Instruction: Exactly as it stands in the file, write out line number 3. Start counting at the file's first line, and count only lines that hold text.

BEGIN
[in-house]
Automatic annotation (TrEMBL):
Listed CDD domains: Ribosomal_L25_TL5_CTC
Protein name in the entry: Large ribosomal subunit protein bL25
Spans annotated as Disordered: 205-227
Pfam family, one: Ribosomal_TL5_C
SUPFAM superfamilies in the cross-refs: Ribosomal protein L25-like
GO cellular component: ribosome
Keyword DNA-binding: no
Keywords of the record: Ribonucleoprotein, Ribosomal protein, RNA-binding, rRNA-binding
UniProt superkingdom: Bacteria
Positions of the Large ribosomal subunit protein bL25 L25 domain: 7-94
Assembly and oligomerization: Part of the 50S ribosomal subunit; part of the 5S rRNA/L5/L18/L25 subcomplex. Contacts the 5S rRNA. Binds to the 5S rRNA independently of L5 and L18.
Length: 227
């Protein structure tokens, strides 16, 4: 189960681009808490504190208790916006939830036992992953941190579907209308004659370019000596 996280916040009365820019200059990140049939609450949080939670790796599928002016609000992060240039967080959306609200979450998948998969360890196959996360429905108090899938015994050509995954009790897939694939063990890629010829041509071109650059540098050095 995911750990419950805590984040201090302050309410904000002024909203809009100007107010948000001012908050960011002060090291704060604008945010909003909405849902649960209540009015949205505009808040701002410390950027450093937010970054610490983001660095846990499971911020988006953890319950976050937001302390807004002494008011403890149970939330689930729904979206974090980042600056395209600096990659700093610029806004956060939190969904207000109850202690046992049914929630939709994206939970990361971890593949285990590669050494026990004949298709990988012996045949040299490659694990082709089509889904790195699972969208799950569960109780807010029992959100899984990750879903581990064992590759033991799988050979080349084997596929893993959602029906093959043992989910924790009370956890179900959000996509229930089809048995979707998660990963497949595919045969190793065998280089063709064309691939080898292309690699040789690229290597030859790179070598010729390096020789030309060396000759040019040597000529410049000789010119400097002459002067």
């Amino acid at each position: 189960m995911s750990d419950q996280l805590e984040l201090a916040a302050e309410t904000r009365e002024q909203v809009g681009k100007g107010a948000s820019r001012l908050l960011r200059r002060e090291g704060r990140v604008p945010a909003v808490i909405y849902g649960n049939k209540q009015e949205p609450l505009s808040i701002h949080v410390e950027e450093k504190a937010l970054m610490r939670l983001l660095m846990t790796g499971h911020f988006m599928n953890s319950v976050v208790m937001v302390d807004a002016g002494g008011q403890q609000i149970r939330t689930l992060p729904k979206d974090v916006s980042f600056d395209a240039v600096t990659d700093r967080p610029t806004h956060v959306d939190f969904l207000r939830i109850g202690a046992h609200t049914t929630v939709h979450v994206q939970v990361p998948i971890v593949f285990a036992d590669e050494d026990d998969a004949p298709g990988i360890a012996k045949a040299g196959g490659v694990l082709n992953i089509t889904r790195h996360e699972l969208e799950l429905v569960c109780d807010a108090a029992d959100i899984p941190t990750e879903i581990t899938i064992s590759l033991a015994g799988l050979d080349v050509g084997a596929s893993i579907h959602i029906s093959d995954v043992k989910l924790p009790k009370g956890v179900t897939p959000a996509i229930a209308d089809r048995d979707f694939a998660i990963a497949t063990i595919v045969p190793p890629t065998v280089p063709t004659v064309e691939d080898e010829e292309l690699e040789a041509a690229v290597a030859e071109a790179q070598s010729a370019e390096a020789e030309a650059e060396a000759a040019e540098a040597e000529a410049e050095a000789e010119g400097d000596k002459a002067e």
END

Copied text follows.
Listed CDD domains: Ribosomal_L25_TL5_CTC